Welcome to my Blog
This is the first time I have ever blogged so mistakes will likely be the order of the day! This past winter I committed myself to hiking the Vermont Long Trail (LT) in a series of day and overnight hikes over the course of hopefully no more than two summers. I have decided to create a blog to document my adventures and to provide a chance for any photos I take to be viewed by anyone interested in hiking in general or the LT specifically. I am a novice hiker whose prior experience basically consists of earning the hiking merit badge as a 12 year old. My father and I took five 10-mile hikes and one 20-mile hike as a part of earning the badge in 1974. Since that time I have hiked occasionally but never seriously. I was a long distance runner for many years and am in better than typical shape though in recent years my focus has been on weight lifting more than on endurance activity. I expect the trek to be challenging but manageable.
Monday, October 12, 2009
On Sunday, October 11, 2009 my wife and I head out in the cars to drop me at the start of the Davis Neighborhood Trail. The weather looks ominous as we drive north. We drop the return car at Belvidere Pond on Rt. 15 in a steady drizzle with the temperature in the upper 30's. We drive south to the trailhead of the Davis Neighborhood Trail(1,200 ft). As we reach the trail the sun breaks through for the first time all day. It is to remain sunny my entire hike.
I drive partway up the trail (this is allowed) as the trail follows an old roadway. after about a half mile I decide it's getting too rough and turn around so Kim can drive out. I begin my hike at 11:00 am. It is a short 1 mile back up to Corliss Camp (1,900 ft) and I make excellent time as the trail is easy. I turn north on the Long Trail and begin a steady 1 mile climb to the summit of Butternut Mountain (2,715 ft). The summit is marked with a US Geological Survey brass marker.
I begin to descend the north slope of Butternut and realize that I have been walking on frost/light snow ever since I rose above 2,500 ft. It is so mild it is not even slippery. I don't become aware of it until I'm descending and having to watch my step more carefully. i would characterize the foliage a few days past prime, but it is still breathtaking to be walking in such beautiful surroundings. As I descend I pass a few brief clearing that afford a view of the valley below.
As I bottom out from the mountain I reach Basin Brook. It has been a number of hikes since I have come across a stream that compares with the beauty of the ones I saw in southern Vermont, but now that I am north of Mt. Mansfield they are beginning to get enchanting again.
The bottoms at this point are fairly soggy and I am glad that, for the first time, I have worn gaiters over my boots and lower legs. This keeps my sock dry. As I descend rapidly I jump out onto a old roadway and come face to face with a huge Moose. The Moose is about 50 feet away from me and is as startled as I am. She (no antlers) turns and wobbles/runs across the road and into the woods. She stands taller than I am so I'd put her at 6 feet tall and older as she is very grey around the muzzle. I am unable to get my camera out in time so I take a shot of the closest living thing I can think of - Me!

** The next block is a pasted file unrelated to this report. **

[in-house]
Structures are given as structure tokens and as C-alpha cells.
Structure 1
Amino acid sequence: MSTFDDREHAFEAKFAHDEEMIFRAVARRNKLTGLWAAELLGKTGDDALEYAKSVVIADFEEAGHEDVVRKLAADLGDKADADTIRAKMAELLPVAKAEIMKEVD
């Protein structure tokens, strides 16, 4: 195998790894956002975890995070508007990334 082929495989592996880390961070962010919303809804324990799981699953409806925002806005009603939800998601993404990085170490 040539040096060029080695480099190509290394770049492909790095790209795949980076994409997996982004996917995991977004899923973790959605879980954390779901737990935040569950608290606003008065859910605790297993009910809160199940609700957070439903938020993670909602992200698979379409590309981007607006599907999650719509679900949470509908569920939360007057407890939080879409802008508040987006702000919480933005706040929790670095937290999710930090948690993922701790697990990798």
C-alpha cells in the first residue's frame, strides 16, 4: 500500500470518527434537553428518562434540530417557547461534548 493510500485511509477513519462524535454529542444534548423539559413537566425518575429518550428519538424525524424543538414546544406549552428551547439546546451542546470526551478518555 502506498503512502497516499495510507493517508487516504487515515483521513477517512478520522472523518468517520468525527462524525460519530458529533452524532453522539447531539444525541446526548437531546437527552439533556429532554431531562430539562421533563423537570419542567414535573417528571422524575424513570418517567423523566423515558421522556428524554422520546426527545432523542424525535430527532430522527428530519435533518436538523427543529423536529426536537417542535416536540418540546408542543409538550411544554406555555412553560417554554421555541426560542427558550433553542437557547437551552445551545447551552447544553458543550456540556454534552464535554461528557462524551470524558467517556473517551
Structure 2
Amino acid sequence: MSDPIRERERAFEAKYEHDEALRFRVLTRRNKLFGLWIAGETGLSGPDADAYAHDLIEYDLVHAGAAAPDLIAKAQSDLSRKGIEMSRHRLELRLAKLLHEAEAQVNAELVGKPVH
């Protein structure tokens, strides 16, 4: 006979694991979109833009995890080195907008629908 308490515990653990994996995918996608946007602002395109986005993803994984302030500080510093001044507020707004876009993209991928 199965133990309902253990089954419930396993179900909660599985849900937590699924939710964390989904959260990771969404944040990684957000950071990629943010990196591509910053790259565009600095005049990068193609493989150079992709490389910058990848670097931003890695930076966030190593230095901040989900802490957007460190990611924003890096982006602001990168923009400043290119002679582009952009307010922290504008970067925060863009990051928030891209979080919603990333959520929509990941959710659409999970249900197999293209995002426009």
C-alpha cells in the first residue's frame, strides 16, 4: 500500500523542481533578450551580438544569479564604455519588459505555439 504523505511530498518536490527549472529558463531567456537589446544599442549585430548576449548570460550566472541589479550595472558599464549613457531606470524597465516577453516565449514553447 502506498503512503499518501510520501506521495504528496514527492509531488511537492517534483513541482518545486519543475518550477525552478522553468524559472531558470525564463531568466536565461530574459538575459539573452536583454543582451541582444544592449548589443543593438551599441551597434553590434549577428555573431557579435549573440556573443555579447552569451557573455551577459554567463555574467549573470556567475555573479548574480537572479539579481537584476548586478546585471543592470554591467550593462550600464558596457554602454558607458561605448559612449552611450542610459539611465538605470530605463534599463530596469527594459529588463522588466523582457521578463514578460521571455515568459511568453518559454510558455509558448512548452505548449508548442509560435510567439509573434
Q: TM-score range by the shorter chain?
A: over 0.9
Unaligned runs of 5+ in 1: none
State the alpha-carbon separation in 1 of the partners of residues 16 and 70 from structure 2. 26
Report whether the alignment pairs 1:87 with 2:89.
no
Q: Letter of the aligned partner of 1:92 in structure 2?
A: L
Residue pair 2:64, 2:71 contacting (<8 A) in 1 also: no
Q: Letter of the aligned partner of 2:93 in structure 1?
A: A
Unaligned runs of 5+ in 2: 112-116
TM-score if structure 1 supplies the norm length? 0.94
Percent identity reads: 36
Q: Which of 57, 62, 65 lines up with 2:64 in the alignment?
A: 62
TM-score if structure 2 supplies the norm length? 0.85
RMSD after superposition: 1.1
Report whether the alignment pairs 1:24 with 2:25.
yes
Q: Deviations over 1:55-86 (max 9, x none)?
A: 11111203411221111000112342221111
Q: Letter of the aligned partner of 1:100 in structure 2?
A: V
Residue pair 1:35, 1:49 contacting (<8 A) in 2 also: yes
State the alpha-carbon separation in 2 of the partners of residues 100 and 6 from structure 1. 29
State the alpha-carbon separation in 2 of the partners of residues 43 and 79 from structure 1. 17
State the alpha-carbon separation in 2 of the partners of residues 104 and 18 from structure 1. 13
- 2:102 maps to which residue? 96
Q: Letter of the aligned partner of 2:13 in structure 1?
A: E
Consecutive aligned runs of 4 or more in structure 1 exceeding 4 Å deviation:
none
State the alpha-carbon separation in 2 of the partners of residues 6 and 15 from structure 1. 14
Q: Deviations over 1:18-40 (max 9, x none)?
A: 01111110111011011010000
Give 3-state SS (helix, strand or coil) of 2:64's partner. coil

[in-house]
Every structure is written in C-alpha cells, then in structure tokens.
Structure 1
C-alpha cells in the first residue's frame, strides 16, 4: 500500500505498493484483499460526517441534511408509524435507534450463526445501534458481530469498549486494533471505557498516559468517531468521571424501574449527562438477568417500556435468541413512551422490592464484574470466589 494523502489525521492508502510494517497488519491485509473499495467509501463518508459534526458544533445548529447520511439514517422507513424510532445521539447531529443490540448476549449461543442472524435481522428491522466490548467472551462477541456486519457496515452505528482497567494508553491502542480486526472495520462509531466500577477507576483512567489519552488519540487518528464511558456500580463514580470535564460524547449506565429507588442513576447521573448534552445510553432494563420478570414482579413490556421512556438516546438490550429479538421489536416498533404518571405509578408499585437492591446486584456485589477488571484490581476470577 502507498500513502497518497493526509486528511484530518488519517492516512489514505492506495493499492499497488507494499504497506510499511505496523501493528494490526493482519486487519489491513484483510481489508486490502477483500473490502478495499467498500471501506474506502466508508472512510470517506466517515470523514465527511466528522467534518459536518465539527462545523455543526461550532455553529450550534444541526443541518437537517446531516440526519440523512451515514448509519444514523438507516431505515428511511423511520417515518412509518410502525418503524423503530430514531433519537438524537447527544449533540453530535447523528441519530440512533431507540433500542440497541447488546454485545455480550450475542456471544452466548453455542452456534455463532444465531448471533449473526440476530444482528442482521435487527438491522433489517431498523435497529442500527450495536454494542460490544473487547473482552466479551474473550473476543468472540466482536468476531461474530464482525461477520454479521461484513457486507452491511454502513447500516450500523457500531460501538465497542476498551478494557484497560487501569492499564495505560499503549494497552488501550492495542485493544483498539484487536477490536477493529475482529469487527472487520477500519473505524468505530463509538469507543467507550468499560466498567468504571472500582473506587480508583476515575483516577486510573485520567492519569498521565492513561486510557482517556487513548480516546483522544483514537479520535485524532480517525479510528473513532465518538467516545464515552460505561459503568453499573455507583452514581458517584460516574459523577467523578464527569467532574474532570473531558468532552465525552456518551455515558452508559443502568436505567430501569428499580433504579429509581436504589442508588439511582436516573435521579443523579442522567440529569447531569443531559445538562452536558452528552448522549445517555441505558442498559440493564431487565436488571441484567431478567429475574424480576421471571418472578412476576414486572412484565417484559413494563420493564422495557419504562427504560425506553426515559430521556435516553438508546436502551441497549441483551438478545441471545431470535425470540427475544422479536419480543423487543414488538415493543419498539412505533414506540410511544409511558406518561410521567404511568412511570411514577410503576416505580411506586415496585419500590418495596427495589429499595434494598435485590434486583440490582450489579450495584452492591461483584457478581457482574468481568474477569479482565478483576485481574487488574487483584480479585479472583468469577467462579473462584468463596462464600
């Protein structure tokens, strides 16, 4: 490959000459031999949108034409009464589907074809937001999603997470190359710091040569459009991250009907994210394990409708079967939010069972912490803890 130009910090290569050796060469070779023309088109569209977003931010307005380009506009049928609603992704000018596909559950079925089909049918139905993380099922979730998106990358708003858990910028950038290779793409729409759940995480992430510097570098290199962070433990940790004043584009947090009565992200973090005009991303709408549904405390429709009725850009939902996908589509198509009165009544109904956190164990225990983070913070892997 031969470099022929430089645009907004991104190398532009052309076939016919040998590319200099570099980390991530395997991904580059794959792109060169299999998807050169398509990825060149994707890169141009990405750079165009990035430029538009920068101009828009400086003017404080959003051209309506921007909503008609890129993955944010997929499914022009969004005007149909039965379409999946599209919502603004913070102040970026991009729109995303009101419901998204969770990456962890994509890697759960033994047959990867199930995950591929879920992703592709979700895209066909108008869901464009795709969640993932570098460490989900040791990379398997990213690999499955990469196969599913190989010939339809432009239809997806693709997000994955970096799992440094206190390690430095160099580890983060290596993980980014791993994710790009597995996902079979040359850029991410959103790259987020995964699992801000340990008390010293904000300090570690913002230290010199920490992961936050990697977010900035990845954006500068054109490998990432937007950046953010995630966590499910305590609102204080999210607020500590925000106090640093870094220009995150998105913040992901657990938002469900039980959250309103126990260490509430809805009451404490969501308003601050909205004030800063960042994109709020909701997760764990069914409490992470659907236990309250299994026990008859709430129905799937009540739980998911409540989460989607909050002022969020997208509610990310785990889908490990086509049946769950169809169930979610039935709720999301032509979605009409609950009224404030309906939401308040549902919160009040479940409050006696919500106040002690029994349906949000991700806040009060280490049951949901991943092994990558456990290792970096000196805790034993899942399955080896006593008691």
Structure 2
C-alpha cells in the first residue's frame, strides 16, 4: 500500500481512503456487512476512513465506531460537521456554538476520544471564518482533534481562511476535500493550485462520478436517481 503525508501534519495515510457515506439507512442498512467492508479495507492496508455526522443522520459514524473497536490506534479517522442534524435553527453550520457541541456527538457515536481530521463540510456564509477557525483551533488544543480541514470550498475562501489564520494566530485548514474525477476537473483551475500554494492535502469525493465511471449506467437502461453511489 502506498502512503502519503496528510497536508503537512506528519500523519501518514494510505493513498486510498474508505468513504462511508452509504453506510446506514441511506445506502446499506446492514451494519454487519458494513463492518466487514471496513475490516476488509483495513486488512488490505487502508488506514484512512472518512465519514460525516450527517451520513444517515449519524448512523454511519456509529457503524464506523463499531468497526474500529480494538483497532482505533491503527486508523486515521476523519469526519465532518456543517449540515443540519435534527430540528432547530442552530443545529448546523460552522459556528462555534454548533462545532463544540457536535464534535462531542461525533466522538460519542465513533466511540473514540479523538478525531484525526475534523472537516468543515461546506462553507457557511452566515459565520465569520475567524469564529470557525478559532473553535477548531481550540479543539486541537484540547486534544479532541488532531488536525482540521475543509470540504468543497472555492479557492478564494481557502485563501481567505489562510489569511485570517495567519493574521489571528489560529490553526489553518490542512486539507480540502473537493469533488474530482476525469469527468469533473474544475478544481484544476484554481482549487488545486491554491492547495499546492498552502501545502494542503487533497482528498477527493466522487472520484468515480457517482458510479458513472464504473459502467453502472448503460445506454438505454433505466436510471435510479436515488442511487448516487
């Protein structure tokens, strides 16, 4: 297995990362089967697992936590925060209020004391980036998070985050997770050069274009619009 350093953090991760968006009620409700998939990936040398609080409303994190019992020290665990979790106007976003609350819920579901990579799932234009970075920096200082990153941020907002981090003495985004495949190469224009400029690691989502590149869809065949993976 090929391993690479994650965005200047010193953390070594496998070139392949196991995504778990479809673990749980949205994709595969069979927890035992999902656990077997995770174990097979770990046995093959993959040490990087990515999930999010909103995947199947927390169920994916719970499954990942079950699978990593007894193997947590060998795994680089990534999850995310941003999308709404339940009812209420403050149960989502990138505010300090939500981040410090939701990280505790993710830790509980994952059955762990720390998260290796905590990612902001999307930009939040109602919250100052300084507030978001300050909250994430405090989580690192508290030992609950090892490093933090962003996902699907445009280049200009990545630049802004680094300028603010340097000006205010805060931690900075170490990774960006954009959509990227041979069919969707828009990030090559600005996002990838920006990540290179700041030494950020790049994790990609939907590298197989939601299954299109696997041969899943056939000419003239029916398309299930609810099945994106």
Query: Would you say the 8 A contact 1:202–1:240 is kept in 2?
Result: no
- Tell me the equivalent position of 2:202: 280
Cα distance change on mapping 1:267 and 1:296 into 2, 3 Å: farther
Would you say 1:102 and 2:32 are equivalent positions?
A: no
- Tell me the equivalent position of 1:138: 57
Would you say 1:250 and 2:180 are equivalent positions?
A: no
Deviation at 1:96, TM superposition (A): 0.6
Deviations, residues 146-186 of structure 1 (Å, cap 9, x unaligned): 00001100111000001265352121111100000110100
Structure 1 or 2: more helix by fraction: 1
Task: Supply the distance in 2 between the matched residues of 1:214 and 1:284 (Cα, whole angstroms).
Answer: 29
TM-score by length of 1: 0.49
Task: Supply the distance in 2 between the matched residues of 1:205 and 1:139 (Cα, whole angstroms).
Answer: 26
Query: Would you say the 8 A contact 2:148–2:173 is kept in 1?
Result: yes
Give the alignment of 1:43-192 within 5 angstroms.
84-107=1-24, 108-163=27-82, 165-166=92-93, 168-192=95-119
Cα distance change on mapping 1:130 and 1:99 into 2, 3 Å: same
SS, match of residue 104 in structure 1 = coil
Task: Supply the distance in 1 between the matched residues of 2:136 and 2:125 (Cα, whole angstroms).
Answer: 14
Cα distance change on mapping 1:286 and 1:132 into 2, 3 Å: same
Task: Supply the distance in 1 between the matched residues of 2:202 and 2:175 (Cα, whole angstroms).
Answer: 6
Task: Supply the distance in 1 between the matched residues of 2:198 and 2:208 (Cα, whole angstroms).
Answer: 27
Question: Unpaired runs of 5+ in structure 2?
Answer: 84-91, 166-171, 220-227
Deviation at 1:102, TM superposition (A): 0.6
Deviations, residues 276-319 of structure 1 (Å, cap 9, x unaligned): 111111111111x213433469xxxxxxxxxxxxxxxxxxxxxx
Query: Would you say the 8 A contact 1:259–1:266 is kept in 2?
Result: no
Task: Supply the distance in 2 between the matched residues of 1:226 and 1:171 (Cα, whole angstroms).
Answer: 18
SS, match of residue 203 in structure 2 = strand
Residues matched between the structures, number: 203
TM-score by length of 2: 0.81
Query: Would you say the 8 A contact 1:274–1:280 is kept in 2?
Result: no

I continue to descend towards Spruce Ledge Camp. It is 5.4 miles from the summit of Butternut To the spur leading to the Camp and along the way I climb to small summits that make up Bowen Mountain. Other than that the hike is mostly downhill. It is not terribly steep but it is damp and fall leaves cover the trail so it is slippery. I fall twice. the first time I am rounding a corner too fast and my back legs hits my front and I am thrown off the trial onto my side. No damage done - just wounded pride and a lecture to myself to be more careful. The second time I step on a downward sloping rock that I do not notice because of the leaves and my feet fly out from under me. I land hard on my left hip and, as I write this entry it is sore and beginning to bruise.
At the Spur I turn uphill and hike 830 feet to Spruce Ledge Camp (built 1998, sleeps 8, 1,515 ft). The camp is pleasant and well made, with a separate picnic shelter that is very close to a nice view of Ritterbush Pond in the distance. I pause here for the first time today to drink some Gatorade and catch my breath. It is 2:10 pm and I don't even think about eating anything.
Soon I continue downhill along a pretty stream towards Devils Gulch (1,260 ft). Devils Gulch is described as a challenging set of boulders and rocks that hikers must work their way through. It really wasn't that bad but it took a while to get through it. The pictures to the right and below left show part of the path I have to navigate. It is bordered by steep cliffs and is an awesome sight. The picture at the top of this blog entry shows one sidewall of the crevice.
From here it is a short hike to the intersection with the Babcock Trail (1,100 ft). Along this route I encounter a pleasant waterfall/cascade.
I turn east and follow the Babcock, a trail I've hiked before, for a short 1.4 miles to Rt. 15. This trail passes by Big Muddy Pond, whose name still perplexes me as there is nothing muddy about the pond at all. I arrive at Rt. 15 at 3:45 pm having hiked just over 10 miles at just over a 2.0 mile per hour pace. I pause at the car to take three photos of Belvidere Pond. You can see the peak of Belvidere mountain off in the distance of one of the shots - my next challenge on the LT.